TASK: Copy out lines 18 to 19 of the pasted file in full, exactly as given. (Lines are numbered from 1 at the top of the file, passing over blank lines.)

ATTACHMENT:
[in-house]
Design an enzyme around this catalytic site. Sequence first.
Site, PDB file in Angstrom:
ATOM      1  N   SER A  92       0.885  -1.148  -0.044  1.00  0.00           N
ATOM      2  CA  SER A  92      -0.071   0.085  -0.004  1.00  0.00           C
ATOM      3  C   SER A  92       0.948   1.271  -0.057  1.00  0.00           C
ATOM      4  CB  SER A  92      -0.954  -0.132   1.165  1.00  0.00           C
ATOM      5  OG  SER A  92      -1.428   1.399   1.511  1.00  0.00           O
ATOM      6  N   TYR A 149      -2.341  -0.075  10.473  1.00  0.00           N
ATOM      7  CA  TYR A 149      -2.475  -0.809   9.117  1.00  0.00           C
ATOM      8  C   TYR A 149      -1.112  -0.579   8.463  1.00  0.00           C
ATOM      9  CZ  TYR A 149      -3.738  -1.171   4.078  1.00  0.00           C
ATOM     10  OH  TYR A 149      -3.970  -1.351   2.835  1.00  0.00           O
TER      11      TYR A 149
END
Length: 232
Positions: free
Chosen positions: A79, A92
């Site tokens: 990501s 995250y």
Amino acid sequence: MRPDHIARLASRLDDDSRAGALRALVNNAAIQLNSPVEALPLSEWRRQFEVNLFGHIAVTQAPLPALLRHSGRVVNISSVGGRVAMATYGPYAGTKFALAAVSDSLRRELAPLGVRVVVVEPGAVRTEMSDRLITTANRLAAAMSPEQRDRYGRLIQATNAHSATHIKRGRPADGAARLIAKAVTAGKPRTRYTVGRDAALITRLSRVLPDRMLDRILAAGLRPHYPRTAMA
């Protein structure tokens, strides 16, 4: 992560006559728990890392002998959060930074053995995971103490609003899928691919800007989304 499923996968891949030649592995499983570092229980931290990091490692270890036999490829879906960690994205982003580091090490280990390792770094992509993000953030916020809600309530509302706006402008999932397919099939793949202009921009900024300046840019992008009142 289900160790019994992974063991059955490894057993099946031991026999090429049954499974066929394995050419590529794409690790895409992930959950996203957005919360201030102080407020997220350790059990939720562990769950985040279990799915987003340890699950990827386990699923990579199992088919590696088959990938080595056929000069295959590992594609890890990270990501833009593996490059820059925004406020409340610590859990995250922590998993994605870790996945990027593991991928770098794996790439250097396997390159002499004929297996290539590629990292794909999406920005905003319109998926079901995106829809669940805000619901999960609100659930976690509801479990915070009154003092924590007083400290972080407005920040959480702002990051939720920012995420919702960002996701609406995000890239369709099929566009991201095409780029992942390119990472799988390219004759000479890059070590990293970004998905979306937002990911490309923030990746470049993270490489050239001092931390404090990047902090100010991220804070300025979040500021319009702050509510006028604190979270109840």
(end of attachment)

Chosen positions: A79, A92
């Site tokens: 990501s 995250y």